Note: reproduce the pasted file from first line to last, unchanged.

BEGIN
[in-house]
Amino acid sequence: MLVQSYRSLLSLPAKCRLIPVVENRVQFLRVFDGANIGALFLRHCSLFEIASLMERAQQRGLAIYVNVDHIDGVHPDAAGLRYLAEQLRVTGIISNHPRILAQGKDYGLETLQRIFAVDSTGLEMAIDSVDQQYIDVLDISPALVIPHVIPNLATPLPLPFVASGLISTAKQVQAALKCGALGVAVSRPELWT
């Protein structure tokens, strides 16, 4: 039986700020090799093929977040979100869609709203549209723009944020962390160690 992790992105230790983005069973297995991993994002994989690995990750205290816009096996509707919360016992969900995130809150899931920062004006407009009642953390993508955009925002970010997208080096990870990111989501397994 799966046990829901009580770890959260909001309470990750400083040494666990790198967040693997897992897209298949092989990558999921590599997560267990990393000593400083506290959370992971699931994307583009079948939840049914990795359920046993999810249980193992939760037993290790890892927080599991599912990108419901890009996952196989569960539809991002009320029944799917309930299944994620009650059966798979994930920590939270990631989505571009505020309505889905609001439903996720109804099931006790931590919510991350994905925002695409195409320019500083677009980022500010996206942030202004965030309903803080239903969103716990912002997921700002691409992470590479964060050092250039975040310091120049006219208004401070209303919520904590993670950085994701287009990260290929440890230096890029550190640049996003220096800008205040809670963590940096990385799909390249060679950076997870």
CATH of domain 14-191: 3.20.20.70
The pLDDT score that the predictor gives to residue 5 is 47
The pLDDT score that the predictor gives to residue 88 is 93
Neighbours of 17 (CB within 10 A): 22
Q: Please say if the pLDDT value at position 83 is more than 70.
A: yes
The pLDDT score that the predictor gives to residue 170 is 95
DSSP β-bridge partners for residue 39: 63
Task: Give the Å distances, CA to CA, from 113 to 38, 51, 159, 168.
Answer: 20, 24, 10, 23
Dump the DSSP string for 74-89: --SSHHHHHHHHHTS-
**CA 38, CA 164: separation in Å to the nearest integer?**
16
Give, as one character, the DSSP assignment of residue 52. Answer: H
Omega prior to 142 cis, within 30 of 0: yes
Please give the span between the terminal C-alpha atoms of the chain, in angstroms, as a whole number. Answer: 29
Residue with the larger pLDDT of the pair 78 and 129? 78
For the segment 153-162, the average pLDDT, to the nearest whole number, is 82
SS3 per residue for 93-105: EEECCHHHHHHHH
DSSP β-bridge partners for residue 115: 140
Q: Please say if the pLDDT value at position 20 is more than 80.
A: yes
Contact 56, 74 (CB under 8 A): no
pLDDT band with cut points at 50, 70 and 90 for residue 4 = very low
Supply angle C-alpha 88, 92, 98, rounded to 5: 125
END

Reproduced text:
[in-house]
Amino acid sequence: MLVQSYRSLLSLPAKCRLIPVVENRVQFLRVFDGANIGALFLRHCSLFEIASLMERAQQRGLAIYVNVDHIDGVHPDAAGLRYLAEQLRVTGIISNHPRILAQGKDYGLETLQRIFAVDSTGLEMAIDSVDQQYIDVLDISPALVIPHVIPNLATPLPLPFVASGLISTAKQVQAALKCGALGVAVSRPELWT
């Protein structure tokens, strides 16, 4: 039986700020090799093929977040979100869609709203549209723009944020962390160690 992790992105230790983005069973297995991993994002994989690995990750205290816009096996509707919360016992969900995130809150899931920062004006407009009642953390993508955009925002970010997208080096990870990111989501397994 799966046990829901009580770890959260909001309470990750400083040494666990790198967040693997897992897209298949092989990558999921590599997560267990990393000593400083506290959370992971699931994307583009079948939840049914990795359920046993999810249980193992939760037993290790890892927080599991599912990108419901890009996952196989569960539809991002009320029944799917309930299944994620009650059966798979994930920590939270990631989505571009505020309505889905609001439903996720109804099931006790931590919510991350994905925002695409195409320019500083677009980022500010996206942030202004965030309903803080239903969103716990912002997921700002691409992470590479964060050092250039975040310091120049006219208004401070209303919520904590993670950085994701287009990260290929440890230096890029550190640049996003220096800008205040809670963590940096990385799909390249060679950076997870």
CATH of domain 14-191: 3.20.20.70
The pLDDT score that the predictor gives to residue 5 is 47
The pLDDT score that the predictor gives to residue 88 is 93
Neighbours of 17 (CB within 10 A): 22
Q: Please say if the pLDDT value at position 83 is more than 70.
A: yes
The pLDDT score that the predictor gives to residue 170 is 95
DSSP β-bridge partners for residue 39: 63
Task: Give the Å distances, CA to CA, from 113 to 38, 51, 159, 168.
Answer: 20, 24, 10, 23
Dump the DSSP string for 74-89: --SSHHHHHHHHHTS-
**CA 38, CA 164: separation in Å to the nearest integer?**
16
Give, as one character, the DSSP assignment of residue 52. Answer: H
Omega prior to 142 cis, within 30 of 0: yes
Please give the span between the terminal C-alpha atoms of the chain, in angstroms, as a whole number. Answer: 29
Residue with the larger pLDDT of the pair 78 and 129? 78
For the segment 153-162, the average pLDDT, to the nearest whole number, is 82
SS3 per residue for 93-105: EEECCHHHHHHHH
DSSP β-bridge partners for residue 115: 140
Q: Please say if the pLDDT value at position 20 is more than 80.
A: yes
Contact 56, 74 (CB under 8 A): no
pLDDT band with cut points at 50, 70 and 90 for residue 4 = very low
Supply angle C-alpha 88, 92, 98, rounded to 5: 125